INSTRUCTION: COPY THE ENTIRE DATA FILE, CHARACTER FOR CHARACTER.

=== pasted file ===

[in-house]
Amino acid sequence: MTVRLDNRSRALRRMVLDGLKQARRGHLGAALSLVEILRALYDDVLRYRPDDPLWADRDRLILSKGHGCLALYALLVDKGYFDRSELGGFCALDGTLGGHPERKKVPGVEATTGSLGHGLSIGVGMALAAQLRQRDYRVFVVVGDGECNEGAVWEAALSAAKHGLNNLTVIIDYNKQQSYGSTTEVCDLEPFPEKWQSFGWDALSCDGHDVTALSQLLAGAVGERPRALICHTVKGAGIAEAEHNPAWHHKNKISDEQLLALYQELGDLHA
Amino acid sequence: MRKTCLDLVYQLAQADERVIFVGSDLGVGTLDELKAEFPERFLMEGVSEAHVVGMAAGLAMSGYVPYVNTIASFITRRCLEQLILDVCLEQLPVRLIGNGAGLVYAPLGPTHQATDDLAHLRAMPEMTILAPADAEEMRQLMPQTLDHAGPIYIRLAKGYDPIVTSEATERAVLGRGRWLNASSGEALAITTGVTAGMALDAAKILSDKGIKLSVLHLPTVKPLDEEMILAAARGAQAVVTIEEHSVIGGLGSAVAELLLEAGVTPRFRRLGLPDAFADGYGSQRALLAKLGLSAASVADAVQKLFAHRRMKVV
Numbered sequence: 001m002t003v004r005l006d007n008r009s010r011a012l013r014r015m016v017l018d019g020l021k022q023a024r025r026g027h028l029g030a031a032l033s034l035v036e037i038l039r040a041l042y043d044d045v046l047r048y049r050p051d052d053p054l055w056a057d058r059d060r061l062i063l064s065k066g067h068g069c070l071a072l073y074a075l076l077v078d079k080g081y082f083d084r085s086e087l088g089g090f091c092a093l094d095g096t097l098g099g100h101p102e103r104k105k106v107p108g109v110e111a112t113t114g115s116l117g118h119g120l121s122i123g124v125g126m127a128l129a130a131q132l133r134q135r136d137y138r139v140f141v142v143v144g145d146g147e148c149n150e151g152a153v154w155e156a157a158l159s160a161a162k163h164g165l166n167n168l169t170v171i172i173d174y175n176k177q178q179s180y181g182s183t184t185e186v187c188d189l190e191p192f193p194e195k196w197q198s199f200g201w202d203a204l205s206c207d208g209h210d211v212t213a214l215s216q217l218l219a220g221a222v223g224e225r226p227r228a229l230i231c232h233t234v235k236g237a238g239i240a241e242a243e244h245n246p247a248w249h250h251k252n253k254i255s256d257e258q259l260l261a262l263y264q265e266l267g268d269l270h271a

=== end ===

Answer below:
[in-house]
Amino acid sequence: MTVRLDNRSRALRRMVLDGLKQARRGHLGAALSLVEILRALYDDVLRYRPDDPLWADRDRLILSKGHGCLALYALLVDKGYFDRSELGGFCALDGTLGGHPERKKVPGVEATTGSLGHGLSIGVGMALAAQLRQRDYRVFVVVGDGECNEGAVWEAALSAAKHGLNNLTVIIDYNKQQSYGSTTEVCDLEPFPEKWQSFGWDALSCDGHDVTALSQLLAGAVGERPRALICHTVKGAGIAEAEHNPAWHHKNKISDEQLLALYQELGDLHA
Amino acid sequence: MRKTCLDLVYQLAQADERVIFVGSDLGVGTLDELKAEFPERFLMEGVSEAHVVGMAAGLAMSGYVPYVNTIASFITRRCLEQLILDVCLEQLPVRLIGNGAGLVYAPLGPTHQATDDLAHLRAMPEMTILAPADAEEMRQLMPQTLDHAGPIYIRLAKGYDPIVTSEATERAVLGRGRWLNASSGEALAITTGVTAGMALDAAKILSDKGIKLSVLHLPTVKPLDEEMILAAARGAQAVVTIEEHSVIGGLGSAVAELLLEAGVTPRFRRLGLPDAFADGYGSQRALLAKLGLSAASVADAVQKLFAHRRMKVV
Numbered sequence: 001m002t003v004r005l006d007n008r009s010r011a012l013r014r015m016v017l018d019g020l021k022q023a024r025r026g027h028l029g030a031a032l033s034l035v036e037i038l039r040a041l042y043d044d045v046l047r048y049r050p051d052d053p054l055w056a057d058r059d060r061l062i063l064s065k066g067h068g069c070l071a072l073y074a075l076l077v078d079k080g081y082f083d084r085s086e087l088g089g090f091c092a093l094d095g096t097l098g099g100h101p102e103r104k105k106v107p108g109v110e111a112t113t114g115s116l117g118h119g120l121s122i123g124v125g126m127a128l129a130a131q132l133r134q135r136d137y138r139v140f141v142v143v144g145d146g147e148c149n150e151g152a153v154w155e156a157a158l159s160a161a162k163h164g165l166n167n168l169t170v171i172i173d174y175n176k177q178q179s180y181g182s183t184t185e186v187c188d189l190e191p192f193p194e195k196w197q198s199f200g201w202d203a204l205s206c207d208g209h210d211v212t213a214l215s216q217l218l219a220g221a222v223g224e225r226p227r228a229l230i231c232h233t234v235k236g237a238g239i240a241e242a243e244h245n246p247a248w249h250h251k252n253k254i255s256d257e258q259l260l261a262l263y264q265e266l267g268d269l270h271a